T.G.I.S. for TeachersMay 31, 2019
Thank God It’s Summer. Well, Summer’s almost here—and to us that means dancing in the streets. But in between the boogie and the woogie, here are some revitalizing tips for teachers.
- Don’t Do Homework. At least, as Mark Twain said, try to put off till the next day what you could do today. You’ve worked hard. You deserve a rest. If you teach history, sit on a beach and read a Stephen King thriller. If you teach science, sit on a beach and listen to a Parliament Funkadelic. If you teach English, sit on a beach and stare at the waves. If you teach math, well, there’s nothing I can do for you. But you see the pattern. Devote time to do absolutely what you want to do. You’ll get to those lesson plans and all that teachery stuff in August. July belong to you.
- Travel. The two greatest words in the English language are “Summers off.” Take advantage of it. You don’t have to wander the bazaar in downtown Istanbul or snorkel through the Unfortunately Getting Less Great Everyday Barrier Reef. Any change of scenery will do. You’ve spent much of your youth inside a classroom. Get out, get lost, get going. The world is a wild place, check it out. Go to a park. Walk down streets you never went on before. If you feel brave, go to a mall. You might even see young people in their natural habitats. Feel free to observe, but don’t feed them.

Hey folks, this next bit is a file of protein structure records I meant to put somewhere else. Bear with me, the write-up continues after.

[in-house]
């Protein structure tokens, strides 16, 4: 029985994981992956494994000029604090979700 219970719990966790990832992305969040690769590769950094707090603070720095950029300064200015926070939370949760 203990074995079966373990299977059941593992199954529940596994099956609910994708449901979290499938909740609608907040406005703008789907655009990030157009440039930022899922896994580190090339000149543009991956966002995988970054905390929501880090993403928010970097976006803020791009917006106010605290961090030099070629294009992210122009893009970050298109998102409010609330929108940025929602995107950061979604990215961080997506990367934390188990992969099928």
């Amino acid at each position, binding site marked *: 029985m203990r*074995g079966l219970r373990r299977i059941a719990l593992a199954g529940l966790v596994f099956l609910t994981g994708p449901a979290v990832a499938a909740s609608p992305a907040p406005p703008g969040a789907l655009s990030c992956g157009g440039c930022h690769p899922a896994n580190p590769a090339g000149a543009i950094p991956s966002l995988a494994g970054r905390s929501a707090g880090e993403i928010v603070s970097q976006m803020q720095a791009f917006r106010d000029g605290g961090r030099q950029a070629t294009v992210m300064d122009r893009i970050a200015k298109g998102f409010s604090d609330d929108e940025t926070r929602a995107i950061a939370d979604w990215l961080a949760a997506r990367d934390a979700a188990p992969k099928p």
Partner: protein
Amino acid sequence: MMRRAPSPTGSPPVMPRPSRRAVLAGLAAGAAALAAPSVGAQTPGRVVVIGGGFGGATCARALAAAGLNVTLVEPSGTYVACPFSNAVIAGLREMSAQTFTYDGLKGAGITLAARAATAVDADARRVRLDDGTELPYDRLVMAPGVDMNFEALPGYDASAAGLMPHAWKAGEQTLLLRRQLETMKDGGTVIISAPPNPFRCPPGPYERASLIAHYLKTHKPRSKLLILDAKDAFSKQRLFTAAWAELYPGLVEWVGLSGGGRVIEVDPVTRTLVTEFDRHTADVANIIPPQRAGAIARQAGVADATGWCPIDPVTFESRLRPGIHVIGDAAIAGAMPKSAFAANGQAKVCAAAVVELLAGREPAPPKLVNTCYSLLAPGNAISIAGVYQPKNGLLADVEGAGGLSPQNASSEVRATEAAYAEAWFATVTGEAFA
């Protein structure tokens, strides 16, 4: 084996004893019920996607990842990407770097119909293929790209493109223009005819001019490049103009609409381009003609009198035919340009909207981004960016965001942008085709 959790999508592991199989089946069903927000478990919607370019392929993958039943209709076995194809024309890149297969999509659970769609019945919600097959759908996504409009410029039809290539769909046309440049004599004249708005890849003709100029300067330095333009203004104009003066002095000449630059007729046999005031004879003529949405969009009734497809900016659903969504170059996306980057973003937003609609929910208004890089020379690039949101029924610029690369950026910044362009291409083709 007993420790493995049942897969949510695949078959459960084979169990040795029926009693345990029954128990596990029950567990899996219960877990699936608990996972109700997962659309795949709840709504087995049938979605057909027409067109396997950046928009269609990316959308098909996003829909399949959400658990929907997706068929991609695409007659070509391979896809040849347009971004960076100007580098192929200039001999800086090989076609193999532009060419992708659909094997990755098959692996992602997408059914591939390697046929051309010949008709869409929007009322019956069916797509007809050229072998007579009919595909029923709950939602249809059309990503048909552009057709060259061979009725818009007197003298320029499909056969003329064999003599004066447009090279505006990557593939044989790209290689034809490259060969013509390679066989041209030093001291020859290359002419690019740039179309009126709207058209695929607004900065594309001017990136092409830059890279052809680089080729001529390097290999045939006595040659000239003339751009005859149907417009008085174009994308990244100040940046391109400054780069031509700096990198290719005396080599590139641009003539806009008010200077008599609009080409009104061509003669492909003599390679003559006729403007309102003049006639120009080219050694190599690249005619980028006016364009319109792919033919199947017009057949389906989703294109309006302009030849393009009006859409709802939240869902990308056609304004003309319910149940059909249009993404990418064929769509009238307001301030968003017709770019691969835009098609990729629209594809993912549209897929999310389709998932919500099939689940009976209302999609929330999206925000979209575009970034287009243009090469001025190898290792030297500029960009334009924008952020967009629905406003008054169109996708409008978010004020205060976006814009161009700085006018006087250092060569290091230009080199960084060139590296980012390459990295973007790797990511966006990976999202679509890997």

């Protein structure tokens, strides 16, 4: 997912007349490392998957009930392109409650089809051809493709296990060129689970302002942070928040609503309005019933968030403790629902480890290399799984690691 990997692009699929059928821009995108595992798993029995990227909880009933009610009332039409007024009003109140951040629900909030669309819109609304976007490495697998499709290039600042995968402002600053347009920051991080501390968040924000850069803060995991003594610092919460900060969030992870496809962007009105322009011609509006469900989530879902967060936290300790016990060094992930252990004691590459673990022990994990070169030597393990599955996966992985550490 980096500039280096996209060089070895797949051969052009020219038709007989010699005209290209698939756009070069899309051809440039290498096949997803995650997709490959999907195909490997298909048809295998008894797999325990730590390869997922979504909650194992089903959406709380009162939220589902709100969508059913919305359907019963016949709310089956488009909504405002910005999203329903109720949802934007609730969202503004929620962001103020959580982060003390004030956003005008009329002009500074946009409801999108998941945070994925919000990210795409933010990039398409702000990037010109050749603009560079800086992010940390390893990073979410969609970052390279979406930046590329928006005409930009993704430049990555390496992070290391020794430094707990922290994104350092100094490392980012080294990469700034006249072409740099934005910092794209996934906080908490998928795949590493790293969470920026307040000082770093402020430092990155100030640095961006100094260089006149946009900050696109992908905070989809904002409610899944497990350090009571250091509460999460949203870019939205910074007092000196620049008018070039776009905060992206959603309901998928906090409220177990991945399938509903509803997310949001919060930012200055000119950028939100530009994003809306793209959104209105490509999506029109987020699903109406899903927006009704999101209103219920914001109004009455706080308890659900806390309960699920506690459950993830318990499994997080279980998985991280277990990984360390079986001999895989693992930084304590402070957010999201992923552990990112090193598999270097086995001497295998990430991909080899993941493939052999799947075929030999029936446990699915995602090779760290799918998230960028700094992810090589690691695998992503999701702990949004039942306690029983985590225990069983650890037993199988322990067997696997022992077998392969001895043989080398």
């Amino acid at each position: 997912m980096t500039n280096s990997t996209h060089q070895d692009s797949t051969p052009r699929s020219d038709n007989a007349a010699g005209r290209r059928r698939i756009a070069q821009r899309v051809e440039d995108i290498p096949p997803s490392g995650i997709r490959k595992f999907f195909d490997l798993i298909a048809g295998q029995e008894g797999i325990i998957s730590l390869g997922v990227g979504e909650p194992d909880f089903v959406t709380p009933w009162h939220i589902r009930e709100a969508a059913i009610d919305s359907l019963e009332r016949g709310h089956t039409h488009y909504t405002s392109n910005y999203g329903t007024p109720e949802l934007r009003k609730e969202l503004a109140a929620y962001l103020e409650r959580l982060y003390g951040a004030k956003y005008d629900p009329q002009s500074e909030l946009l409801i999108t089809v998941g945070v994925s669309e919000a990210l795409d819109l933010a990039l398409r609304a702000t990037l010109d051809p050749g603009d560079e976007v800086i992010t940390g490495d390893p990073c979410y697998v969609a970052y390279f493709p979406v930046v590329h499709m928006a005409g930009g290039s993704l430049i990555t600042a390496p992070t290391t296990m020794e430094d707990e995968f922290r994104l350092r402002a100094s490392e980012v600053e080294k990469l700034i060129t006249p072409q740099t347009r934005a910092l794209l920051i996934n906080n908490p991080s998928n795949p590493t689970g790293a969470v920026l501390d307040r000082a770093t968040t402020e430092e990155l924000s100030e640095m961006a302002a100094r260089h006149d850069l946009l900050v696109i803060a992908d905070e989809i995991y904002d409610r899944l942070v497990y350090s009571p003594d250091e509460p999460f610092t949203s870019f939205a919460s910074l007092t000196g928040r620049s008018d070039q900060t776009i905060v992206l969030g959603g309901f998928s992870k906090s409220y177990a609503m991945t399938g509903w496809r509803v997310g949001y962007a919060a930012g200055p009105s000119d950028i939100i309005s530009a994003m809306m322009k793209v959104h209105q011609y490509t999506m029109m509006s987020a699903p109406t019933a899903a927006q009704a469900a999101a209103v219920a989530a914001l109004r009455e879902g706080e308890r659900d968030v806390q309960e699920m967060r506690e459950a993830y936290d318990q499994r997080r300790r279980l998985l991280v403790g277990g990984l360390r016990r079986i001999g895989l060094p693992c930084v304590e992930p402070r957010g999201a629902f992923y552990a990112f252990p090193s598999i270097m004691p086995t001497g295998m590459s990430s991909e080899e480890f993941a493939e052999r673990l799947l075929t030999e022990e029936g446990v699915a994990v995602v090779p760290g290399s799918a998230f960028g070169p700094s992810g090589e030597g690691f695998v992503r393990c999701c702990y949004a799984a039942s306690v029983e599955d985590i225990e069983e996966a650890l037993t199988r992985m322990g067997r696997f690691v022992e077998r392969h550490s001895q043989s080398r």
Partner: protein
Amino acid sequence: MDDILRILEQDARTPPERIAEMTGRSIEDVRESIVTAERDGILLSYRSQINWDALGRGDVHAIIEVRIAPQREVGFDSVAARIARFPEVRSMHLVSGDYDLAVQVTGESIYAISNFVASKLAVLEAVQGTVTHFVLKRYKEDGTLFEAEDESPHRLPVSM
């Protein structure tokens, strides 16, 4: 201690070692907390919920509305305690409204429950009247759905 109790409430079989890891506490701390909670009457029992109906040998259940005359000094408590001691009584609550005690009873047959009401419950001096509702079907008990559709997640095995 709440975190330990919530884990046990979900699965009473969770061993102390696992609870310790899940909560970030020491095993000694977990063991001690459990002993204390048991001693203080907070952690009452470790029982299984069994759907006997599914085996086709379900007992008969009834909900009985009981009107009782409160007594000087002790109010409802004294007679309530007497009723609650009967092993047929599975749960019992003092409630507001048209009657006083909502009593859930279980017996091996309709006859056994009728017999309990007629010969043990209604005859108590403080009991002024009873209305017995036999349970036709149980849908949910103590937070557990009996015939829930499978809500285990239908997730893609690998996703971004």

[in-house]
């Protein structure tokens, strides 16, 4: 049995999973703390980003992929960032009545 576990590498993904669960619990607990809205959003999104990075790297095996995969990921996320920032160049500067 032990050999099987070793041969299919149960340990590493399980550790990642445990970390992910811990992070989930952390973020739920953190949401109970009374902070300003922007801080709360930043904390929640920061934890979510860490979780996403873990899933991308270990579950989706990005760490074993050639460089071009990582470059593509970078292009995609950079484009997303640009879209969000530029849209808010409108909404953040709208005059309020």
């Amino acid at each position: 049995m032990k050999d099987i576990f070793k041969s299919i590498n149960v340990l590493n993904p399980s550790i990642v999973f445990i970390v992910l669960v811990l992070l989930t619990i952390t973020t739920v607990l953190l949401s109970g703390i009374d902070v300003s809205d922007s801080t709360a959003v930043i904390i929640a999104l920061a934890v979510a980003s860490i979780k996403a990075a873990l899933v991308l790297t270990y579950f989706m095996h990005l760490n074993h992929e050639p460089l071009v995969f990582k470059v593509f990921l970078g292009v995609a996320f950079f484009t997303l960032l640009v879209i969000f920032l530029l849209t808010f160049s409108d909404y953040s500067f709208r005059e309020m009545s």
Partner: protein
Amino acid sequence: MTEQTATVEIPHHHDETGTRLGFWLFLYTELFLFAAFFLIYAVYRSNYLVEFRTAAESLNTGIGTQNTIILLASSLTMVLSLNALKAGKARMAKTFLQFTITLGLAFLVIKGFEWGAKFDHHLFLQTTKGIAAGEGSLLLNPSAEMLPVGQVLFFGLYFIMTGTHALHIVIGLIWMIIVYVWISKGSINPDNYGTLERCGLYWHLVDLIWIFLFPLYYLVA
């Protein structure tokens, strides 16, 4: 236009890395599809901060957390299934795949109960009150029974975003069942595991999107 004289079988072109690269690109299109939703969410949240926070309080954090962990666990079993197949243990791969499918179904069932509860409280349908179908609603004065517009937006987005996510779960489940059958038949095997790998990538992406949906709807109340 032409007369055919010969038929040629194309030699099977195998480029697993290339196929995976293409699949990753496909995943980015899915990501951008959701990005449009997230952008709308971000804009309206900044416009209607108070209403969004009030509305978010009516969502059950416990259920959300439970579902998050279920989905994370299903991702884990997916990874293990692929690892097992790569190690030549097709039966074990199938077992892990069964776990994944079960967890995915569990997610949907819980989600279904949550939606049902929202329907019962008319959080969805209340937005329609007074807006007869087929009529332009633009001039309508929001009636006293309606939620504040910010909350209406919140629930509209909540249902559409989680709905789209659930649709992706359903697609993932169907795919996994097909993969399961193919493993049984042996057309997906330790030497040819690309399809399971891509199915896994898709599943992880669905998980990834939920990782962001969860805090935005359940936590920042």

- Don’t Talk About Your Summer. The non-teaching population does not want to hear about your endless summer at the beach or hiking the Appalachian Trail or binge-watching all eight seasons of Game of Thrones. No one else understands not just the physical toll of being in the trenches with middle schoolers, or the mental exhaustion of trying to answer every question from pre-pubescents who live to stump you, but the emotional drain teaching requires. You can almost see a fountain of emotional energy pour out of you and into the sponges with braces called your students. All the rest of the world sees is Ten Weeks Off. And make no mistake about it, they hate you for it. So, when asked, just say you spent the summer in professional development. It’s not even a lie.